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Viruses as key regulators of angiogenesis
Journal Contribution - Journal Article
Angiogenesis is an important physiological process that is controlled by a precise balance of growth and inhibitory factors in healthy tissues. However, environmental and genetic factors may disturb this delicate balance, resulting in the development of angiogenic diseases, tumour growth and metastasis. During the past decades, extensive research has led to the identification and characterization of genes, proteins and signalling pathways that are involved in neovascularization. Moreover, increasing evidence indicates that viruses may also regulate angiogenesis either directly, by (i) producing viral chemokines, growth factors and/or receptors or (ii) activating blood vessels as a consequence of endothelial cell tropism, or indirectly, by (iii) modulating the activity of cellular proteins and/or (iv) inducing a local or systemic inflammatory response, thereby creating an angiogenic microenvironment. As such, viruses may modulate several signal transduction pathways involved in angiogenesis leading to changes in endothelial cell proliferation, migration, adhesion, vascular permeability and/or protease production. Here, we will review different mechanisms that may be applied by viruses to deregulate the angiogenic balance in healthy tissues and/or increase the angiogenic potential of tumours. Copyright © 2011 John Wiley & Sons, Ltd.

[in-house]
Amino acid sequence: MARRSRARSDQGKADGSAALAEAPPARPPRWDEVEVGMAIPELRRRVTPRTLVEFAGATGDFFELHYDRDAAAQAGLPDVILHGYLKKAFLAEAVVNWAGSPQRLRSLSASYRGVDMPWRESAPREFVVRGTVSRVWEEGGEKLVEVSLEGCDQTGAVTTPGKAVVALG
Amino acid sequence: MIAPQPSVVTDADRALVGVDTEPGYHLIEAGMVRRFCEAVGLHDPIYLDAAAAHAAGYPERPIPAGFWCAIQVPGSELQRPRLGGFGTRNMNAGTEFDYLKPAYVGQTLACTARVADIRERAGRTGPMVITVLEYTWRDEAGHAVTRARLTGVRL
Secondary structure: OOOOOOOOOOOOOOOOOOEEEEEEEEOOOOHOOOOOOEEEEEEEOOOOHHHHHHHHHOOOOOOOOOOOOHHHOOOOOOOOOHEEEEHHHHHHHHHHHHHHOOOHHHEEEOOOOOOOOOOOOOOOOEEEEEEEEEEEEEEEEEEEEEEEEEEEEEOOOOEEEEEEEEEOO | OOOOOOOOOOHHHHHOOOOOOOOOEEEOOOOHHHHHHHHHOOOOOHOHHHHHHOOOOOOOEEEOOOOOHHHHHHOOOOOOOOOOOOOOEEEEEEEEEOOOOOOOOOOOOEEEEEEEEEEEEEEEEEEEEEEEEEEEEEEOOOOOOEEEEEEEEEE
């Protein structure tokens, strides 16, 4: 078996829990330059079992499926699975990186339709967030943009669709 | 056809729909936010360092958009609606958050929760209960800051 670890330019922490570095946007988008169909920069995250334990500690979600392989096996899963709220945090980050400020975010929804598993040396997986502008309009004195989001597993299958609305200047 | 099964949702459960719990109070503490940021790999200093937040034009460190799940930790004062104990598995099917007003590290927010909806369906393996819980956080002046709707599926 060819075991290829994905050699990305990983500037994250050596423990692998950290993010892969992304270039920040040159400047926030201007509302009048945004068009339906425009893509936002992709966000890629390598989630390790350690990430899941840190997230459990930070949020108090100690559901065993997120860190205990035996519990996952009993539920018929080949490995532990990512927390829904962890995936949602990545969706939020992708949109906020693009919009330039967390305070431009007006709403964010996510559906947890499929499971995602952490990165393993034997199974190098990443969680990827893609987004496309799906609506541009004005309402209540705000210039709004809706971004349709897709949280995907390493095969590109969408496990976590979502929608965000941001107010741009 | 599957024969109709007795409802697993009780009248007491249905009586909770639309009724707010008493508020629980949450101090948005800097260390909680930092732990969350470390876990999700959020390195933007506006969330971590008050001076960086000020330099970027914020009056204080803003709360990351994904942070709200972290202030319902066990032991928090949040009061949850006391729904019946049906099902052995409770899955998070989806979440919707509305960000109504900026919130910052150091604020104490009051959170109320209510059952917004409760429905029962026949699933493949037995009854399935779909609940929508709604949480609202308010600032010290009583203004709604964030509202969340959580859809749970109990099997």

Journal: Reviews in Medical Virology
Pages: 181 - 200